Stress Eating: Why It Happens & How to Stop

10/09/2020 | 3 min. read

Dr. Stephen Sinatra

Dr. Stephen Sinatra

Have you ever found yourself in the kitchen staring at the snacks in the fridge, not because you’re hungry but because you’re stressed and looking for a way to placate your emotions?

With our busy lives, a 24-hour news cycle that’s keeping us all on edge, and stressful world events, we’re facing more pressures than ever before. For many people, the “drug” of choice for managing our emotions is food.

Why Stress Drives Us to Overeat

There are real physical reasons for stress eating. When you’re stressed, your body releases the stress hormone cortisol, which increases your appetite, so your body is fueled and ready to deal with the stressor—such as fleeing from a dangerous situation. When you’re chronically stressed, your cortisol levels can remain elevated, affecting your appetite.

Stress can also increase your cravings for sugary treats and simple carbohydrates, both of which lift your levels of the feel-good hormone, serotonin. But the boost is only temporary. As soon as your blood sugar and serotonin levels return to normal, your energy level and mood dips—which only sets in motion the desire to eat more “comfort foods.” In the final analysis, you feel bad, both emotionally and physically.

How to Avoid Stress Eating

  • Let go of perfection. Many of us put more stress on ourselves than those around us do, causing powerful internal stress that can leave you reaching for carbohydrates to help you cope. Instead, treat yourself as you would a good friend and accept yourself just as you are.
  • Surround yourself with support. Whether it’s family, friends, or even a loving pet, spending time with those who care about you makes it easier to deal with daily stressors and avoid stress eating. Plus, the positive emotions we experience in these situations lifts our mood. At the same time, it’s important to limit your contact with people who are sharply critical of you since they’ll only cause more stress and overeating.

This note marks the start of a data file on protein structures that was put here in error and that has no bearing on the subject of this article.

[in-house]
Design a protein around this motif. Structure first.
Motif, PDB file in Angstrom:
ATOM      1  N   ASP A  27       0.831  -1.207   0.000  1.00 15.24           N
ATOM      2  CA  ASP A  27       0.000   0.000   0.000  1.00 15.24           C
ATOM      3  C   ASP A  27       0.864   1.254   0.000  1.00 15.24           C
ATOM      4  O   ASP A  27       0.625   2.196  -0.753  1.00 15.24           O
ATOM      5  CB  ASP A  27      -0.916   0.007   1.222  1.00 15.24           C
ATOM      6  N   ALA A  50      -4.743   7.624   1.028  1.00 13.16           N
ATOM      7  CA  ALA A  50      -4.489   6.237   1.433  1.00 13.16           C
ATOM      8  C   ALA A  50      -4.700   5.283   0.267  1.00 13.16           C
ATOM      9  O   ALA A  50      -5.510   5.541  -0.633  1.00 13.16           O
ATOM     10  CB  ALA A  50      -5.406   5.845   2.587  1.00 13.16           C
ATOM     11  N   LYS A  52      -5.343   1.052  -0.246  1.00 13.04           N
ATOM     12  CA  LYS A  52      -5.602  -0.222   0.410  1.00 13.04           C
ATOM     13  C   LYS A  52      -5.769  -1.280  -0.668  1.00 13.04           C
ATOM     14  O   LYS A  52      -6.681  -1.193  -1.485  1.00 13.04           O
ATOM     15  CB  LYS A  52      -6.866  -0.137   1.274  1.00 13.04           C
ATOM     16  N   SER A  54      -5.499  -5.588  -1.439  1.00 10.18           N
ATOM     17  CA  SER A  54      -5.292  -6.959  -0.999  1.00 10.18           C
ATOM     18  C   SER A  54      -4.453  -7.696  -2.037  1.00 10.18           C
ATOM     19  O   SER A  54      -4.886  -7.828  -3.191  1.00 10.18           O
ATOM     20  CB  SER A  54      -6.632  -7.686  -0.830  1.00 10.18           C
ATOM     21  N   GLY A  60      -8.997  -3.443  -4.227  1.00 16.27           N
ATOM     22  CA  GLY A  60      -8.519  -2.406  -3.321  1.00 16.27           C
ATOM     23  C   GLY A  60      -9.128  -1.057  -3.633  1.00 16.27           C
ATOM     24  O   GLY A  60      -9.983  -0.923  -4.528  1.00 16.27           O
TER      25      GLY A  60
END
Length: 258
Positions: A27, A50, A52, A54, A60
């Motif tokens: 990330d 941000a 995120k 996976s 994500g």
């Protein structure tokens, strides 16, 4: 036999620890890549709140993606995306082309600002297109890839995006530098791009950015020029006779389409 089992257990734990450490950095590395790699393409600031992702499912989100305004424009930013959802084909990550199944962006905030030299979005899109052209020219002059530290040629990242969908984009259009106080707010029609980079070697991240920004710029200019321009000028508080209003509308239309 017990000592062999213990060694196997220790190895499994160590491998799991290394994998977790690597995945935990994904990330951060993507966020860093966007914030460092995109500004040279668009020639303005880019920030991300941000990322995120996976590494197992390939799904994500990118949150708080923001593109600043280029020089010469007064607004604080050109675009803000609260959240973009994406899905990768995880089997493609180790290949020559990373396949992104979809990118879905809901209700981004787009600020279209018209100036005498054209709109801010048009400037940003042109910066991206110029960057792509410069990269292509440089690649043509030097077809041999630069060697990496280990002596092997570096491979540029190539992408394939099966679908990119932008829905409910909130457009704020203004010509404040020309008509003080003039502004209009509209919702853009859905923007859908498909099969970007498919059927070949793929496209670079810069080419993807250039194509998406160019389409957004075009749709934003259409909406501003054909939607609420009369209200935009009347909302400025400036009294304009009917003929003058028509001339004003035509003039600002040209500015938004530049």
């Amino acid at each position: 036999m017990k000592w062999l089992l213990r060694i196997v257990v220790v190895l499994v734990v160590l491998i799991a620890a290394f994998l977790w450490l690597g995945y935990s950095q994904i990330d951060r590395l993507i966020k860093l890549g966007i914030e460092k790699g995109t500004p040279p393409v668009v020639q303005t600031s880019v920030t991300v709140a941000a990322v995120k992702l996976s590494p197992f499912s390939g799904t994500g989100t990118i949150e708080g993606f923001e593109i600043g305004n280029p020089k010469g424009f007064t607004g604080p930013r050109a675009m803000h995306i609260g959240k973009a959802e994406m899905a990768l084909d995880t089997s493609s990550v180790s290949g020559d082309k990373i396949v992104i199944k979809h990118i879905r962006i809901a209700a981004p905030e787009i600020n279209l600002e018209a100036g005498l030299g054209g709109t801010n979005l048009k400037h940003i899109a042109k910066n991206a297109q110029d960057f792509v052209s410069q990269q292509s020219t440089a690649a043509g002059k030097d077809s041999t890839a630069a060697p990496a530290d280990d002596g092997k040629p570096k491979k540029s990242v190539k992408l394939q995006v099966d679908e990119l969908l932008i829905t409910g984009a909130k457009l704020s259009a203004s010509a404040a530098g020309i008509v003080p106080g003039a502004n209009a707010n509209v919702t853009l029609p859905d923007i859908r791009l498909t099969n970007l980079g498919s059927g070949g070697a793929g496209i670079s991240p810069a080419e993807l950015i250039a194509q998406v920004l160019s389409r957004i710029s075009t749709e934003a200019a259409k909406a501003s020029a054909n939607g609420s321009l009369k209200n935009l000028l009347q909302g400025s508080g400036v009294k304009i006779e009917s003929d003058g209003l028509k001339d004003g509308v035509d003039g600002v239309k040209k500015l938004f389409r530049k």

• Cultivate beauty and calm in your life. Treat yourself well. Buy fresh flowers if they please you. Enjoy soothing music. Allow yourself some time to “just be.”
  • Make time for activities that release stress. Some of the most powerful stress relievers include aerobic exercise like walking, acupuncture, massage, yoga, and meditation.
  • Get grounded. Walking barefoot on Mother Earth is not only free but has an enormous balancing effect on the autonomic nervous system.
  • Choose your healthcare providers wisely. Select physicians who listen, answer all your questions, and take the time to explain your treatment options. If your healthcare provider rushes you and doesn’t empower your participation in your healthcare, seek out another doctor.
  • Take ashwagandha. One of the best ways to break the stress-eating cycle is with the herbal extract ashwagandha. It helps to stabilize and support your body’s stress-feedback loop and balance your body’s cortisol levels—reducing tension and brightening your mood, making it easier to avoid stress eating.
  • Get enough sleep. If you find yourself feeling hungrier when you’re tired, it’s not your imagination. When you don’t get enough sleep, your body releases more of the appetite-stimulating hormone ghrelin and less of the satiety hormone leptin—both of which signal your desire to eat. Plus, if you’re fatigued, you’re more likely to reach for sugary foods and carbohydrates. The solution? Make sleep a priority.
  • Above all, learn to listen to and trust your own intuition. No one knows you and your needs better than you do.
Dr. Stephen Sinatra

Meet Dr. Stephen Sinatra

Dr. Stephen Sinatra is a highly respected and sought-after cardiologist and nutritionist with more than 30 years of clinical practice, research, and study. His integrative approach to heart health focuses on reducing inflammation in the body and maximizing the heart's ability to produce and use energy.

More About Dr. Stephen Sinatra